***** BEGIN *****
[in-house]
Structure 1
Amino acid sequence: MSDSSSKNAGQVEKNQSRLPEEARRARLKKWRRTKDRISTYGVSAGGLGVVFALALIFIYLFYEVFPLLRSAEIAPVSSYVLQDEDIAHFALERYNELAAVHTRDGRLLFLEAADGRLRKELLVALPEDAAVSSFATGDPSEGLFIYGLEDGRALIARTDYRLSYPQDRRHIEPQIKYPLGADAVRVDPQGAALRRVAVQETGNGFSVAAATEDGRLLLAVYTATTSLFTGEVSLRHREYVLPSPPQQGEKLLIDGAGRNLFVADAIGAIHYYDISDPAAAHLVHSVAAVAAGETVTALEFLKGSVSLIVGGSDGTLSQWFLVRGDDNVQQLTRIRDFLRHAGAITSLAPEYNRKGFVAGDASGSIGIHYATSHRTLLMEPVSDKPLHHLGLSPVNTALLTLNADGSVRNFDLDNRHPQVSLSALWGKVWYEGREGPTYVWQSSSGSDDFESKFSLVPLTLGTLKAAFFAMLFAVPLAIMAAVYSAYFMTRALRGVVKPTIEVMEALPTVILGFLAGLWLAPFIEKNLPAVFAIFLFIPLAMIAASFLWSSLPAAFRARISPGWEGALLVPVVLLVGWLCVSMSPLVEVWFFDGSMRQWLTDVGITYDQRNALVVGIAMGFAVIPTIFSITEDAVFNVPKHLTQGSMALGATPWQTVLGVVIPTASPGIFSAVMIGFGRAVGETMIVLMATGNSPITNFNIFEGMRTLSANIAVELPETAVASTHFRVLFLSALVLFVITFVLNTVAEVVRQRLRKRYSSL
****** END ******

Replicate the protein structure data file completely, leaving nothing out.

[in-house]
Structure 1
Amino acid sequence: MSDSSSKNAGQVEKNQSRLPEEARRARLKKWRRTKDRISTYGVSAGGLGVVFALALIFIYLFYEVFPLLRSAEIAPVSSYVLQDEDIAHFALERYNELAAVHTRDGRLLFLEAADGRLRKELLVALPEDAAVSSFATGDPSEGLFIYGLEDGRALIARTDYRLSYPQDRRHIEPQIKYPLGADAVRVDPQGAALRRVAVQETGNGFSVAAATEDGRLLLAVYTATTSLFTGEVSLRHREYVLPSPPQQGEKLLIDGAGRNLFVADAIGAIHYYDISDPAAAHLVHSVAAVAAGETVTALEFLKGSVSLIVGGSDGTLSQWFLVRGDDNVQQLTRIRDFLRHAGAITSLAPEYNRKGFVAGDASGSIGIHYATSHRTLLMEPVSDKPLHHLGLSPVNTALLTLNADGSVRNFDLDNRHPQVSLSALWGKVWYEGREGPTYVWQSSSGSDDFESKFSLVPLTLGTLKAAFFAMLFAVPLAIMAAVYSAYFMTRALRGVVKPTIEVMEALPTVILGFLAGLWLAPFIEKNLPAVFAIFLFIPLAMIAASFLWSSLPAAFRARISPGWEGALLVPVVLLVGWLCVSMSPLVEVWFFDGSMRQWLTDVGITYDQRNALVVGIAMGFAVIPTIFSITEDAVFNVPKHLTQGSMALGATPWQTVLGVVIPTASPGIFSAVMIGFGRAVGETMIVLMATGNSPITNFNIFEGMRTLSANIAVELPETAVASTHFRVLFLSALVLFVITFVLNTVAEVVRQRLRKRYSSL